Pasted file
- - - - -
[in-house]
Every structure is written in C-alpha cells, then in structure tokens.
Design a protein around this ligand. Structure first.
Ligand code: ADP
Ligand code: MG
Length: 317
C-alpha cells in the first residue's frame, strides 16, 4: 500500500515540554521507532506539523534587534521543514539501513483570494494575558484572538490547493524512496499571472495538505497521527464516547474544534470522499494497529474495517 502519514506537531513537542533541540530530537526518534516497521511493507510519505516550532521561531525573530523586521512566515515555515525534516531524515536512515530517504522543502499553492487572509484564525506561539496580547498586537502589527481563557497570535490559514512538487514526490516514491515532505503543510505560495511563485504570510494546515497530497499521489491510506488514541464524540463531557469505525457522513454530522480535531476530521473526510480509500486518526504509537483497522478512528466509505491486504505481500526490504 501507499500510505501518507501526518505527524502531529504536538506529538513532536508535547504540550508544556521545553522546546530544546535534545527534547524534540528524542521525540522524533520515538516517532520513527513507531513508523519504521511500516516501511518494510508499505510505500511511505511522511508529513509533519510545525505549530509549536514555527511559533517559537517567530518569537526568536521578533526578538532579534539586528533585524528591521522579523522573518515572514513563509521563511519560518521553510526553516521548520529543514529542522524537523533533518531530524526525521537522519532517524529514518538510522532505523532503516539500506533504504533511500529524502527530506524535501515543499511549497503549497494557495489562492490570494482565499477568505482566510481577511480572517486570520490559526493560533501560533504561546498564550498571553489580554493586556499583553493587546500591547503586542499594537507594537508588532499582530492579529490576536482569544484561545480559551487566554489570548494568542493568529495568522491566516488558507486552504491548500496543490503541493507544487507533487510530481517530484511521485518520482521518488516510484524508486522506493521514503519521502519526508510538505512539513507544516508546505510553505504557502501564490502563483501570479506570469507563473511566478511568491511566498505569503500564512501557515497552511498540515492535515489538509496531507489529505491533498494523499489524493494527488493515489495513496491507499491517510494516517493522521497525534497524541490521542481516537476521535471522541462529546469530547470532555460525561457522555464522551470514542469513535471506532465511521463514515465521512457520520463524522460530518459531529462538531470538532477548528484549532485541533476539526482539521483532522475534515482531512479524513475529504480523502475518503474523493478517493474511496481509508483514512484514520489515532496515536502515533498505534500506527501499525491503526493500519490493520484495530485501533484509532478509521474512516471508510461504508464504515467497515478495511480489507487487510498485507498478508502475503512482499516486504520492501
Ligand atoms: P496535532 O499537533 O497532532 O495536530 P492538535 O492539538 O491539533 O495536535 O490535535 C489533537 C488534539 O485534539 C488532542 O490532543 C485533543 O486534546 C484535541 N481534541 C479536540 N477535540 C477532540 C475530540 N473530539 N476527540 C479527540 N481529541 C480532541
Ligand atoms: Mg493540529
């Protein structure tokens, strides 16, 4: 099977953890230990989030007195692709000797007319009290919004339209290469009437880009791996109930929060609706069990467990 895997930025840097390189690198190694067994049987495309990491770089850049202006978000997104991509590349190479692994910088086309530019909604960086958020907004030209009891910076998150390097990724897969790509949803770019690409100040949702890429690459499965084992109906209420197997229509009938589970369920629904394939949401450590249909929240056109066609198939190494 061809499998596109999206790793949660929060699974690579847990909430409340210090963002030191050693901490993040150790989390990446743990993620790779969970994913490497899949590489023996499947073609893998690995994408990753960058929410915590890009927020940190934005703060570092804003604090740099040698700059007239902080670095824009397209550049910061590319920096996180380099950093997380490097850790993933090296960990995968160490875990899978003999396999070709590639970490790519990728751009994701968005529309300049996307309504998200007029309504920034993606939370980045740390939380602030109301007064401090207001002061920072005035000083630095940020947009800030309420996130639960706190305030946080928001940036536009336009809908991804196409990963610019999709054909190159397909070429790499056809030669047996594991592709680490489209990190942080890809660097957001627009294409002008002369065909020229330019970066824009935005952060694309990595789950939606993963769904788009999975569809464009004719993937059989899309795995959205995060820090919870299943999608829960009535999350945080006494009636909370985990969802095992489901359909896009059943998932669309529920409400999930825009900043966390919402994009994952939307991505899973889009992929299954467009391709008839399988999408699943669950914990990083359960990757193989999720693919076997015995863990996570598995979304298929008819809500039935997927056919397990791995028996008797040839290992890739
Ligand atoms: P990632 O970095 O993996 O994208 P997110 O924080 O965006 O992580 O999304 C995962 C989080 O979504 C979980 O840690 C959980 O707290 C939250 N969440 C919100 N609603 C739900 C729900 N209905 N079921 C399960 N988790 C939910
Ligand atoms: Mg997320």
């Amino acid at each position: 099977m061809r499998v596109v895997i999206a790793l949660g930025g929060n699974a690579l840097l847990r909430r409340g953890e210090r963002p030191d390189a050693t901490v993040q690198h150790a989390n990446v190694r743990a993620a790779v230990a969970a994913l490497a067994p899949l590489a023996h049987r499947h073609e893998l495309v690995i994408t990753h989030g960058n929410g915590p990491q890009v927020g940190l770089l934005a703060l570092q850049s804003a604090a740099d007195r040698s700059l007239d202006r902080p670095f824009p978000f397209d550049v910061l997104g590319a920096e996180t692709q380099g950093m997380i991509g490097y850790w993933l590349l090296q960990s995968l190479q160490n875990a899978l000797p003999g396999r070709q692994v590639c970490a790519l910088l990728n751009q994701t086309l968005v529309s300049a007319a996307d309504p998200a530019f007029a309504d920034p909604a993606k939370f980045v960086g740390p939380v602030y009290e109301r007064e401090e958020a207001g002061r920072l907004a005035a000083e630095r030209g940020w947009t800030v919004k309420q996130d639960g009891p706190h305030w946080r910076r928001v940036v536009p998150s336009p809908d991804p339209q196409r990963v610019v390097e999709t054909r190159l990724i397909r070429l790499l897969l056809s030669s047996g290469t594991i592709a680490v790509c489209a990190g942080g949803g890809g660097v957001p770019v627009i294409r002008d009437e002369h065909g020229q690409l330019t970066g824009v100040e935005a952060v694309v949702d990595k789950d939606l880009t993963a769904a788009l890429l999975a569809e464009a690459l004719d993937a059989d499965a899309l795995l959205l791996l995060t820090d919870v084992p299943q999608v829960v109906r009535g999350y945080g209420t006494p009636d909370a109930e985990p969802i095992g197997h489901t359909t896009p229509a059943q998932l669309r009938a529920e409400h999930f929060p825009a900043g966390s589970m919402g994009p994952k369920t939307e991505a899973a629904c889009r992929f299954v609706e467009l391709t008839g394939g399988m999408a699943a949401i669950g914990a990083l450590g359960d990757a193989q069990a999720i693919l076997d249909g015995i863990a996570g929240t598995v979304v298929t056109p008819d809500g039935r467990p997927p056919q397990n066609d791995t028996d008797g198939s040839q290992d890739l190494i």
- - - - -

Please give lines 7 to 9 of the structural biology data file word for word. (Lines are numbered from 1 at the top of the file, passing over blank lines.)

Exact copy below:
C-alpha cells in the first residue's frame, strides 16, 4: 500500500515540554521507532506539523534587534521543514539501513483570494494575558484572538490547493524512496499571472495538505497521527464516547474544534470522499494497529474495517 502519514506537531513537542533541540530530537526518534516497521511493507510519505516550532521561531525573530523586521512566515515555515525534516531524515536512515530517504522543502499553492487572509484564525506561539496580547498586537502589527481563557497570535490559514512538487514526490516514491515532505503543510505560495511563485504570510494546515497530497499521489491510506488514541464524540463531557469505525457522513454530522480535531476530521473526510480509500486518526504509537483497522478512528466509505491486504505481500526490504 501507499500510505501518507501526518505527524502531529504536538506529538513532536508535547504540550508544556521545553522546546530544546535534545527534547524534540528524542521525540522524533520515538516517532520513527513507531513508523519504521511500516516501511518494510508499505510505500511511505511522511508529513509533519510545525505549530509549536514555527511559533517559537517567530518569537526568536521578533526578538532579534539586528533585524528591521522579523522573518515572514513563509521563511519560518521553510526553516521548520529543514529542522524537523533533518531530524526525521537522519532517524529514518538510522532505523532503516539500506533504504533511500529524502527530506524535501515543499511549497503549497494557495489562492490570494482565499477568505482566510481577511480572517486570520490559526493560533501560533504561546498564550498571553489580554493586556499583553493587546500591547503586542499594537507594537508588532499582530492579529490576536482569544484561545480559551487566554489570548494568542493568529495568522491566516488558507486552504491548500496543490503541493507544487507533487510530481517530484511521485518520482521518488516510484524508486522506493521514503519521502519526508510538505512539513507544516508546505510553505504557502501564490502563483501570479506570469507563473511566478511568491511566498505569503500564512501557515497552511498540515492535515489538509496531507489529505491533498494523499489524493494527488493515489495513496491507499491517510494516517493522521497525534497524541490521542481516537476521535471522541462529546469530547470532555460525561457522555464522551470514542469513535471506532465511521463514515465521512457520520463524522460530518459531529462538531470538532477548528484549532485541533476539526482539521483532522475534515482531512479524513475529504480523502475518503474523493478517493474511496481509508483514512484514520489515532496515536502515533498505534500506527501499525491503526493500519490493520484495530485501533484509532478509521474512516471508510461504508464504515467497515478495511480489507487487510498485507498478508502475503512482499516486504520492501
Ligand atoms: P496535532 O499537533 O497532532 O495536530 P492538535 O492539538 O491539533 O495536535 O490535535 C489533537 C488534539 O485534539 C488532542 O490532543 C485533543 O486534546 C484535541 N481534541 C479536540 N477535540 C477532540 C475530540 N473530539 N476527540 C479527540 N481529541 C480532541
Ligand atoms: Mg493540529